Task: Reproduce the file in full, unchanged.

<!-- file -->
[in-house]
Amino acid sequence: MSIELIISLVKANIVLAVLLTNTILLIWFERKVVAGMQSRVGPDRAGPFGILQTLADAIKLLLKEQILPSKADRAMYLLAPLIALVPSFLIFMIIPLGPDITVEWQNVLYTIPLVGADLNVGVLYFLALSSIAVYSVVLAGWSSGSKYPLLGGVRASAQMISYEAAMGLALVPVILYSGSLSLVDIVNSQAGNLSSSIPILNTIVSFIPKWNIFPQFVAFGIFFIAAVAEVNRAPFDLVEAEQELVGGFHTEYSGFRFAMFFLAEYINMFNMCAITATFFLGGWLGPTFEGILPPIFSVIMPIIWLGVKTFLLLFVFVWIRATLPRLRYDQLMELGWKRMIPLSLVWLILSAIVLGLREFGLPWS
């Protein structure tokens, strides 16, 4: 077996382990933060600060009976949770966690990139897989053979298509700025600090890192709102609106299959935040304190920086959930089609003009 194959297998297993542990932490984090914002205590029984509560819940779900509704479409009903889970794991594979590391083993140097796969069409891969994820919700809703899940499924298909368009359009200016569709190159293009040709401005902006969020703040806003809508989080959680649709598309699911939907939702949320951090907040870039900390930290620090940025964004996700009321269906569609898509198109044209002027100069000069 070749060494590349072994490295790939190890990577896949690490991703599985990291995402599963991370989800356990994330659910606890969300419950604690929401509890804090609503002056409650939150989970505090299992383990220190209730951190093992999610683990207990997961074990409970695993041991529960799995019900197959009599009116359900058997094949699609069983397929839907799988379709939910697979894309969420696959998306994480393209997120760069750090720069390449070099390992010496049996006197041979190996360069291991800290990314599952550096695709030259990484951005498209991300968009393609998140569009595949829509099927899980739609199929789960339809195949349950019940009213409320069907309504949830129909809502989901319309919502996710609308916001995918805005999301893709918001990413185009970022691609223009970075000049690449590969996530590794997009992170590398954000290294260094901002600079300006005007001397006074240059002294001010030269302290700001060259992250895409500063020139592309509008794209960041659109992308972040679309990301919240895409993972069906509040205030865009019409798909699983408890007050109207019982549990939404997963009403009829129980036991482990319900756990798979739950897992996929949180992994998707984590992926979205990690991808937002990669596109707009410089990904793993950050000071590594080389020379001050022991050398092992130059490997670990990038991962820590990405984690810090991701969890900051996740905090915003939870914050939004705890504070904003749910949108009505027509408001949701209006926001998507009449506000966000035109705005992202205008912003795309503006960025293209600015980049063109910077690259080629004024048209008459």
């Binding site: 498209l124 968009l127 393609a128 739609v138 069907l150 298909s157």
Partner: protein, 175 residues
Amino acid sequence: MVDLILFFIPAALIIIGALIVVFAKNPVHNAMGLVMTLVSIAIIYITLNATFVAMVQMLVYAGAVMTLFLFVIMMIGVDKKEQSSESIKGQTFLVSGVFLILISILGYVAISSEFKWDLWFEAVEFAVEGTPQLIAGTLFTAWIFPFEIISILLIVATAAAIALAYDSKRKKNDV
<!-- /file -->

[in-house]
Amino acid sequence: MSIELIISLVKANIVLAVLLTNTILLIWFERKVVAGMQSRVGPDRAGPFGILQTLADAIKLLLKEQILPSKADRAMYLLAPLIALVPSFLIFMIIPLGPDITVEWQNVLYTIPLVGADLNVGVLYFLALSSIAVYSVVLAGWSSGSKYPLLGGVRASAQMISYEAAMGLALVPVILYSGSLSLVDIVNSQAGNLSSSIPILNTIVSFIPKWNIFPQFVAFGIFFIAAVAEVNRAPFDLVEAEQELVGGFHTEYSGFRFAMFFLAEYINMFNMCAITATFFLGGWLGPTFEGILPPIFSVIMPIIWLGVKTFLLLFVFVWIRATLPRLRYDQLMELGWKRMIPLSLVWLILSAIVLGLREFGLPWS
């Protein structure tokens, strides 16, 4: 077996382990933060600060009976949770966690990139897989053979298509700025600090890192709102609106299959935040304190920086959930089609003009 194959297998297993542990932490984090914002205590029984509560819940779900509704479409009903889970794991594979590391083993140097796969069409891969994820919700809703899940499924298909368009359009200016569709190159293009040709401005902006969020703040806003809508989080959680649709598309699911939907939702949320951090907040870039900390930290620090940025964004996700009321269906569609898509198109044209002027100069000069 070749060494590349072994490295790939190890990577896949690490991703599985990291995402599963991370989800356990994330659910606890969300419950604690929401509890804090609503002056409650939150989970505090299992383990220190209730951190093992999610683990207990997961074990409970695993041991529960799995019900197959009599009116359900058997094949699609069983397929839907799988379709939910697979894309969420696959998306994480393209997120760069750090720069390449070099390992010496049996006197041979190996360069291991800290990314599952550096695709030259990484951005498209991300968009393609998140569009595949829509099927899980739609199929789960339809195949349950019940009213409320069907309504949830129909809502989901319309919502996710609308916001995918805005999301893709918001990413185009970022691609223009970075000049690449590969996530590794997009992170590398954000290294260094901002600079300006005007001397006074240059002294001010030269302290700001060259992250895409500063020139592309509008794209960041659109992308972040679309990301919240895409993972069906509040205030865009019409798909699983408890007050109207019982549990939404997963009403009829129980036991482990319900756990798979739950897992996929949180992994998707984590992926979205990690991808937002990669596109707009410089990904793993950050000071590594080389020379001050022991050398092992130059490997670990990038991962820590990405984690810090991701969890900051996740905090915003939870914050939004705890504070904003749910949108009505027509408001949701209006926001998507009449506000966000035109705005992202205008912003795309503006960025293209600015980049063109910077690259080629004024048209008459």
């Binding site: 498209l124 968009l127 393609a128 739609v138 069907l150 298909s157």
Partner: protein, 175 residues
Amino acid sequence: MVDLILFFIPAALIIIGALIVVFAKNPVHNAMGLVMTLVSIAIIYITLNATFVAMVQMLVYAGAVMTLFLFVIMMIGVDKKEQSSESIKGQTFLVSGVFLILISILGYVAISSEFKWDLWFEAVEFAVEGTPQLIAGTLFTAWIFPFEIISILLIVATAAAIALAYDSKRKKNDV